Most of the businesses listed in Ivan Monet's mid-Atlantic guide welcome the free publicity. Not Paige Barnes. She's suing him for defamation.
That's because Monet's monthly newspaper reviews "adult services"--prostitution and sexual massage--and Barnes says her Fairfax County-based Premiere Referral is a "non-sexual escort service . . . providing legitimate social services to professional men in need of companionship."
Barnes's business got only a four-line listing under "Incall and Massage" in the October 1998 issue of the Mid-Atlantic Adult Guide.
But a six-page federal court complaint argues that Premiere's inclusion "casts plaintiff Paige Barnes in the false light of being a pimp or madam and thus a woman of the lowest moral standards rather than the legitimate and reputable businesswoman that she is."
Monet, whose company, FTS Inc., also publishes such guides for Pennsylvania and New York, begged to differ. "I don't know any guy who is going to pay $150 an hour to be alone with a pretty girl and not have something happen," he said. "The suit is groundless and without merit."
Barnes's complaint, filed last week in U.S. District Court in Alexandria, said that her business has been the subject of several police stings but that her employees have never been charged with prostitution. Two female employees were charged in July 1998 with obtaining money by false pretenses, according to Fairfax court records, but the charges were dismissed. Those charges, according to Barnes's lawyers, stemmed from the fact that the women did not provide sex, rather than the reverse.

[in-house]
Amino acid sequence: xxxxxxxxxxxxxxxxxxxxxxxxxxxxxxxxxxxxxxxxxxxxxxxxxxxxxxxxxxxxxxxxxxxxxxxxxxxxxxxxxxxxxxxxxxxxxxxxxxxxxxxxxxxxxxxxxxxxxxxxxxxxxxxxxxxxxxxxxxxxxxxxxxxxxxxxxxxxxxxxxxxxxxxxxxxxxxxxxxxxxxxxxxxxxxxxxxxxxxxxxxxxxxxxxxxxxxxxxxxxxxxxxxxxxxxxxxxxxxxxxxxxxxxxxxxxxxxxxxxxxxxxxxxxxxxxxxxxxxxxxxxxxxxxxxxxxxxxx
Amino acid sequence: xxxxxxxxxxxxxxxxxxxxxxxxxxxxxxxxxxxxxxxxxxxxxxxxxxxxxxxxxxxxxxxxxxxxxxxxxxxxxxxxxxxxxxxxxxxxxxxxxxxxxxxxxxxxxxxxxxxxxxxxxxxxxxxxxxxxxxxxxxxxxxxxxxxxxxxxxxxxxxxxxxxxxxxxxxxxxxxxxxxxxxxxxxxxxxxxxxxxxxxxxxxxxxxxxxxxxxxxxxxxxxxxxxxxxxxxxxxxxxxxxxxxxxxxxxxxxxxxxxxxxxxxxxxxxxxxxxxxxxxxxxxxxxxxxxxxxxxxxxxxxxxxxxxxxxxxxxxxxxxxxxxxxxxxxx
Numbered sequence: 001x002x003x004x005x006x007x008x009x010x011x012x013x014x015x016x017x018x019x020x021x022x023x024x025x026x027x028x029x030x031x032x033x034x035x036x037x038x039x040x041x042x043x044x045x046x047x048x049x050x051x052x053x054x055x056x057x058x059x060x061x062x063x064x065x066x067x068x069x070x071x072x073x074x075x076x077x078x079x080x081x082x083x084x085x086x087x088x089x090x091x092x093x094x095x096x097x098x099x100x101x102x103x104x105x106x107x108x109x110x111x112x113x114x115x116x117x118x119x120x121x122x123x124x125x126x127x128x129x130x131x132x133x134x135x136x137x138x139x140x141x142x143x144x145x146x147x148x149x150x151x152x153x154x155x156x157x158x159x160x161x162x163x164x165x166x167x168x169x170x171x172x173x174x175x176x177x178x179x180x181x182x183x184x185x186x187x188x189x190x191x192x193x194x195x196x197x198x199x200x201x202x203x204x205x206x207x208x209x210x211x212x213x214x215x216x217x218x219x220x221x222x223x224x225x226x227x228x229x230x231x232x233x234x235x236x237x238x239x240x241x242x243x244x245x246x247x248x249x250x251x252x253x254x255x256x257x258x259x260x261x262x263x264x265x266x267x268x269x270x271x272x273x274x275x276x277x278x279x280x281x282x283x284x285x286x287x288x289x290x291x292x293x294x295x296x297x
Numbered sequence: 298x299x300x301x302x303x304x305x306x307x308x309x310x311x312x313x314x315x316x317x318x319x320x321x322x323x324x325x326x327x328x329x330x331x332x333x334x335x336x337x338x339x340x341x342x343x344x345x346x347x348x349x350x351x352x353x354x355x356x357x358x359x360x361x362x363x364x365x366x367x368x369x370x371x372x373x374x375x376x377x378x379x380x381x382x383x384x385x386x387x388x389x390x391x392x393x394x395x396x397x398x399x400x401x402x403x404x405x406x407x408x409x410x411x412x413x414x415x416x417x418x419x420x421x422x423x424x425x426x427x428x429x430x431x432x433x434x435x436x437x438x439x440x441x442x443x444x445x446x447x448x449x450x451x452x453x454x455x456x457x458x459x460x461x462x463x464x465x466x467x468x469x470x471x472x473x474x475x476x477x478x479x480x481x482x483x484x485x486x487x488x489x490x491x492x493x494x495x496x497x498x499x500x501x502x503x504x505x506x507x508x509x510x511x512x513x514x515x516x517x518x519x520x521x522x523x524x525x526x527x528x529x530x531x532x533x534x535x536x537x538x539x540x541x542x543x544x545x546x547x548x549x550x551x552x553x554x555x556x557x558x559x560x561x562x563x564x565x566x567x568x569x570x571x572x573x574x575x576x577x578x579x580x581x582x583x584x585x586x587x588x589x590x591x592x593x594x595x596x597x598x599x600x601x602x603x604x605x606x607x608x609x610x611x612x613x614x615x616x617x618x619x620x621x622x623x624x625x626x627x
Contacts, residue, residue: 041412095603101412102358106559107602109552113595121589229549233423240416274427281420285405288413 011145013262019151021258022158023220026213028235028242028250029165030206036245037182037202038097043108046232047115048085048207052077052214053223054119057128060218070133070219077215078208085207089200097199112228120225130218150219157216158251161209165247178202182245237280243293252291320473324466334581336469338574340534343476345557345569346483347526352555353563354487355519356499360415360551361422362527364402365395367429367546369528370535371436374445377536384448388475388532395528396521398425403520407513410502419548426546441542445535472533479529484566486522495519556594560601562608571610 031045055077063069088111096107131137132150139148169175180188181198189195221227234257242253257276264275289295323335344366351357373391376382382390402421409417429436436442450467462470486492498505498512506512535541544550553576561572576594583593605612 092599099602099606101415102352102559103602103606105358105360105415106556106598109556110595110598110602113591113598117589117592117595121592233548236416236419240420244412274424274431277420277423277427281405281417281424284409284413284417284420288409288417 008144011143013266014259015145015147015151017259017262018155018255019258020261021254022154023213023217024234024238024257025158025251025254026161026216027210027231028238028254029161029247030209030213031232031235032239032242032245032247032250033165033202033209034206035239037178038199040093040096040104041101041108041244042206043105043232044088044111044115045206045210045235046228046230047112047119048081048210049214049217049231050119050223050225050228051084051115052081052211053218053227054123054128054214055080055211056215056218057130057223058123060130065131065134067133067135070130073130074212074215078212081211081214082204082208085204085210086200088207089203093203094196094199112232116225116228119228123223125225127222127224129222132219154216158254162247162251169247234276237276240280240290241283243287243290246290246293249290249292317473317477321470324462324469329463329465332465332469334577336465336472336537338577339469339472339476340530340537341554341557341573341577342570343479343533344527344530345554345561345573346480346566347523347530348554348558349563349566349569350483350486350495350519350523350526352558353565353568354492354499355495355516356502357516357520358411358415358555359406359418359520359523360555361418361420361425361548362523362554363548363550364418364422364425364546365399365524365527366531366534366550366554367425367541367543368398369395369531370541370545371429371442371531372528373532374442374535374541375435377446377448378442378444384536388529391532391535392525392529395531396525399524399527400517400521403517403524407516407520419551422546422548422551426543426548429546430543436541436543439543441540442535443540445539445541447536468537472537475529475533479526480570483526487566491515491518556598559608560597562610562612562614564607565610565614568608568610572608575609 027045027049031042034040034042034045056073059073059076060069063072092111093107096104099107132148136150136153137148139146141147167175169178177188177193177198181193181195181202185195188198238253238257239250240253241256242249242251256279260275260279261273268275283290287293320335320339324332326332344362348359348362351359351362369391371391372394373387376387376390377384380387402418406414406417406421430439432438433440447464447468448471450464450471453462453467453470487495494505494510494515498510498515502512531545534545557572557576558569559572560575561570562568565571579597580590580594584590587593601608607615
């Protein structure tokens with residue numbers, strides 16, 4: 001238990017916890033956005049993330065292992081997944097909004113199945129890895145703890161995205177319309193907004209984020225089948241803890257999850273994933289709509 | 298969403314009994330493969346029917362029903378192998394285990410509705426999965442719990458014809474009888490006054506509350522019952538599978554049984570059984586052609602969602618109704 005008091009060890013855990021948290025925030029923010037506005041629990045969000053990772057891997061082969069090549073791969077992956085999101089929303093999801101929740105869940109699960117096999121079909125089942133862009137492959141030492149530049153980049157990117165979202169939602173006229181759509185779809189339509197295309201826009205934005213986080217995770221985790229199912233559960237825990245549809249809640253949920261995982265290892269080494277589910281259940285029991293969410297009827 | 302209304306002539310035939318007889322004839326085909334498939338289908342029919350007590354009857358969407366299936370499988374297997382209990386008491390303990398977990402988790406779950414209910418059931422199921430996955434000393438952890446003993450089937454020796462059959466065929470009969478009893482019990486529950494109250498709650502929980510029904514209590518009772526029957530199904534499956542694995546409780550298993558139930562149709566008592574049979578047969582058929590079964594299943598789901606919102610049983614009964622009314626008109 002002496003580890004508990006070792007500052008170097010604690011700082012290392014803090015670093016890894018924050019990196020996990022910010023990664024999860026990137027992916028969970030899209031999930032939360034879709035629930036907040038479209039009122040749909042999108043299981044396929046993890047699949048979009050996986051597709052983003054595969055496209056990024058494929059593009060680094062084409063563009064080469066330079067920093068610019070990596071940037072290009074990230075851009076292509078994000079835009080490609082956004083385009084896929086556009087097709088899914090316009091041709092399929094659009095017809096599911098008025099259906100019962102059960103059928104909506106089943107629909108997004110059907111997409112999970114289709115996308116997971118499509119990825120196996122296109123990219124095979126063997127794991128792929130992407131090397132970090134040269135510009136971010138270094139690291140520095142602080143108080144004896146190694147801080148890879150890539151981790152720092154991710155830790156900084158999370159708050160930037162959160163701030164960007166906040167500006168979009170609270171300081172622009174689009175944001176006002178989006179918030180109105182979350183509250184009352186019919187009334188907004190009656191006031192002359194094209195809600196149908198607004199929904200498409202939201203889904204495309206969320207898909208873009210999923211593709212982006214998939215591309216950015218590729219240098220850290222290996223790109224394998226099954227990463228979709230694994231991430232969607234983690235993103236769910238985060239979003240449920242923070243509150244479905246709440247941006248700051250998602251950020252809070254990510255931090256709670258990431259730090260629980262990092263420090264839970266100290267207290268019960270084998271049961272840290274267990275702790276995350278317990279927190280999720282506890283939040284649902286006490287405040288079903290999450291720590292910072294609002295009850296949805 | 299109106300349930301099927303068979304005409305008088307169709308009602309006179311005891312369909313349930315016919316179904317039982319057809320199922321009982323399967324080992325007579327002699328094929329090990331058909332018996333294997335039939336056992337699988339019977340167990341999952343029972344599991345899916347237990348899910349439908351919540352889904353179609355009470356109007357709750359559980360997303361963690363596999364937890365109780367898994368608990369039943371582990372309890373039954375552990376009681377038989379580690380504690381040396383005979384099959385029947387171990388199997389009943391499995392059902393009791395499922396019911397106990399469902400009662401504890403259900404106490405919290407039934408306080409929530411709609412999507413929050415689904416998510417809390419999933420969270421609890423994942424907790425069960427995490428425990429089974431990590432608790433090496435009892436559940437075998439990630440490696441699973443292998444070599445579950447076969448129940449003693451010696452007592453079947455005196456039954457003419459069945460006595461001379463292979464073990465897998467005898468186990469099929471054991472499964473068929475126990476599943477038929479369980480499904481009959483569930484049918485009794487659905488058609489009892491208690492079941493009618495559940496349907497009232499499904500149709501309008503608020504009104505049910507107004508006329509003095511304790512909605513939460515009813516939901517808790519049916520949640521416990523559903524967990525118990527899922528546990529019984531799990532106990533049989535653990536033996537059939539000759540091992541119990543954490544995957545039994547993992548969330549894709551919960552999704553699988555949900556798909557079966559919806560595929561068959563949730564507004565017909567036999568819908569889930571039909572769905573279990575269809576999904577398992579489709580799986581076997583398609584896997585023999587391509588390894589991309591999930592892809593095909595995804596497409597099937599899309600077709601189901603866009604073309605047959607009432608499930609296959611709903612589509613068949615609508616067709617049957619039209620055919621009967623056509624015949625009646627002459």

Barnes said she has complained before about her escort service being included in sex guides. "They do it all the time, and no one has called them on it," she said. "They did something wrong, and now they're going to pay for it."
Premiere has been in business seven years, has a business license from Fairfax County and requires escorts to sign agreements in which they promise not to engage in physical contact with their clients, according to one of Barnes's attorneys and the lawsuit. The suit seeks unspecified damages.
FTS has been rating adult establishments for 22 years, Monet said. "We've been in business so long that the girls call us when they open a new place," he said.
Usually the reviewers visit the sites they include, but in Premiere's case, a reviewer simply called up and asked what services were available, Monet said. According to the guide, Premiere charged $165 an hour for "incall"--when the client comes to the business. For "outcall," the price was $185.
Monet has offered to publish a retraction. He called Barnes's lawsuit "a money grab."
Staff writer Peter Pae contributed to this report.